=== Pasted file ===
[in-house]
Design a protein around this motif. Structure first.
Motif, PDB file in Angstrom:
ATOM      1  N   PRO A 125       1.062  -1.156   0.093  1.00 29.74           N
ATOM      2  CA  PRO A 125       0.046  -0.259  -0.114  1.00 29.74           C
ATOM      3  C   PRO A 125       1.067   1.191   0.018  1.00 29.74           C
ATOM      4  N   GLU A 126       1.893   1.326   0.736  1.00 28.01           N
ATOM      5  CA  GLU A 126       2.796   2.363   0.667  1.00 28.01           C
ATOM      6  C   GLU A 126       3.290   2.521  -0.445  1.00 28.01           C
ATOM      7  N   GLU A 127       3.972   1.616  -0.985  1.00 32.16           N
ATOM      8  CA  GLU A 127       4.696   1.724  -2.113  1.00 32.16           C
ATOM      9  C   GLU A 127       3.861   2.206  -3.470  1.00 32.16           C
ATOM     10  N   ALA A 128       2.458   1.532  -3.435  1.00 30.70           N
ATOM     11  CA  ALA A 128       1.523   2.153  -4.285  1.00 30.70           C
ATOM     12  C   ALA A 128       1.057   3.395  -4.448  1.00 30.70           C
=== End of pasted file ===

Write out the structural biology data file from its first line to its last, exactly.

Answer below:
[in-house]
Design a protein around this motif. Structure first.
Motif, PDB file in Angstrom:
ATOM      1  N   PRO A 125       1.062  -1.156   0.093  1.00 29.74           N
ATOM      2  CA  PRO A 125       0.046  -0.259  -0.114  1.00 29.74           C
ATOM      3  C   PRO A 125       1.067   1.191   0.018  1.00 29.74           C
ATOM      4  N   GLU A 126       1.893   1.326   0.736  1.00 28.01           N
ATOM      5  CA  GLU A 126       2.796   2.363   0.667  1.00 28.01           C
ATOM      6  C   GLU A 126       3.290   2.521  -0.445  1.00 28.01           C
ATOM      7  N   GLU A 127       3.972   1.616  -0.985  1.00 32.16           N
ATOM      8  CA  GLU A 127       4.696   1.724  -2.113  1.00 32.16           C
ATOM      9  C   GLU A 127       3.861   2.206  -3.470  1.00 32.16           C
ATOM     10  N   ALA A 128       2.458   1.532  -3.435  1.00 30.70           N
ATOM     11  CA  ALA A 128       1.523   2.153  -4.285  1.00 30.70           C
ATOM     12  C   ALA A 128       1.057   3.395  -4.448  1.00 30.70           C